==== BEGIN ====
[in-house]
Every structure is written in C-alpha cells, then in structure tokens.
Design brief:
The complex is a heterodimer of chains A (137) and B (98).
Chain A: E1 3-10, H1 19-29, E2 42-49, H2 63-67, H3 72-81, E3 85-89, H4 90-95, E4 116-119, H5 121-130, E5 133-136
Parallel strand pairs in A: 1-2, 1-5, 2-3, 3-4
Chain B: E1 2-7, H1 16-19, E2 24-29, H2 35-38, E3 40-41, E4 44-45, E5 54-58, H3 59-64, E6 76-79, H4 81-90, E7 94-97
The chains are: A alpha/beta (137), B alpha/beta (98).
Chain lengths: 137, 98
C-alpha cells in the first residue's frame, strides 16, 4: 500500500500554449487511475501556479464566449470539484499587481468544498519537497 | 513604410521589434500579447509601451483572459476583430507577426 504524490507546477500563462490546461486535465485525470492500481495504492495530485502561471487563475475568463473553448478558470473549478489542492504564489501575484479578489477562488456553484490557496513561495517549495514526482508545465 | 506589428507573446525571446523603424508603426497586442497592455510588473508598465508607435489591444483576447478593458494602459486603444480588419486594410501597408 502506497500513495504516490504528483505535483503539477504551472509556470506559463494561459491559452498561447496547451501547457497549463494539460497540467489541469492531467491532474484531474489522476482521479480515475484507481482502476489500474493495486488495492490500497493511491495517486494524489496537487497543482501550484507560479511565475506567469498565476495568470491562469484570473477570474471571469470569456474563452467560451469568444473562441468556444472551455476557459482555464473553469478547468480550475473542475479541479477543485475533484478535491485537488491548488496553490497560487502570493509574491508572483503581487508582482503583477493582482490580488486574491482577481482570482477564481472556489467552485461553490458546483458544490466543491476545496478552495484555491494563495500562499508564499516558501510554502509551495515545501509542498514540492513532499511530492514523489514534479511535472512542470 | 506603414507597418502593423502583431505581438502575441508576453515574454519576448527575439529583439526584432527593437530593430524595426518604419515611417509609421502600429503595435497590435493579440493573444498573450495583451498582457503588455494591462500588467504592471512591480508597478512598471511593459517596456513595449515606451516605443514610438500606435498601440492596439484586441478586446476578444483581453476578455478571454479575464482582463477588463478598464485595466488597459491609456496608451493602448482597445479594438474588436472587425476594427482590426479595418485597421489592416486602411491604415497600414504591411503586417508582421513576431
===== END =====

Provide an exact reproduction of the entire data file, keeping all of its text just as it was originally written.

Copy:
[in-house]
Every structure is written in C-alpha cells, then in structure tokens.
Design brief:
The complex is a heterodimer of chains A (137) and B (98).
Chain A: E1 3-10, H1 19-29, E2 42-49, H2 63-67, H3 72-81, E3 85-89, H4 90-95, E4 116-119, H5 121-130, E5 133-136
Parallel strand pairs in A: 1-2, 1-5, 2-3, 3-4
Chain B: E1 2-7, H1 16-19, E2 24-29, H2 35-38, E3 40-41, E4 44-45, E5 54-58, H3 59-64, E6 76-79, H4 81-90, E7 94-97
The chains are: A alpha/beta (137), B alpha/beta (98).
Chain lengths: 137, 98
C-alpha cells in the first residue's frame, strides 16, 4: 500500500500554449487511475501556479464566449470539484499587481468544498519537497 | 513604410521589434500579447509601451483572459476583430507577426 504524490507546477500563462490546461486535465485525470492500481495504492495530485502561471487563475475568463473553448478558470473549478489542492504564489501575484479578489477562488456553484490557496513561495517549495514526482508545465 | 506589428507573446525571446523603424508603426497586442497592455510588473508598465508607435489591444483576447478593458494602459486603444480588419486594410501597408 502506497500513495504516490504528483505535483503539477504551472509556470506559463494561459491559452498561447496547451501547457497549463494539460497540467489541469492531467491532474484531474489522476482521479480515475484507481482502476489500474493495486488495492490500497493511491495517486494524489496537487497543482501550484507560479511565475506567469498565476495568470491562469484570473477570474471571469470569456474563452467560451469568444473562441468556444472551455476557459482555464473553469478547468480550475473542475479541479477543485475533484478535491485537488491548488496553490497560487502570493509574491508572483503581487508582482503583477493582482490580488486574491482577481482570482477564481472556489467552485461553490458546483458544490466543491476545496478552495484555491494563495500562499508564499516558501510554502509551495515545501509542498514540492513532499511530492514523489514534479511535472512542470 | 506603414507597418502593423502583431505581438502575441508576453515574454519576448527575439529583439526584432527593437530593430524595426518604419515611417509609421502600429503595435497590435493579440493573444498573450495583451498582457503588455494591462500588467504592471512591480508597478512598471511593459517596456513595449515606451516605443514610438500606435498601440492596439484586441478586446476578444483581453476578455478571454479575464482582463477588463478598464485595466488597459491609456496608451493602448482597445479594438474588436472587425476594427482590426479595418485597421489592416486602411491604415497600414504591411503586417508582421513576431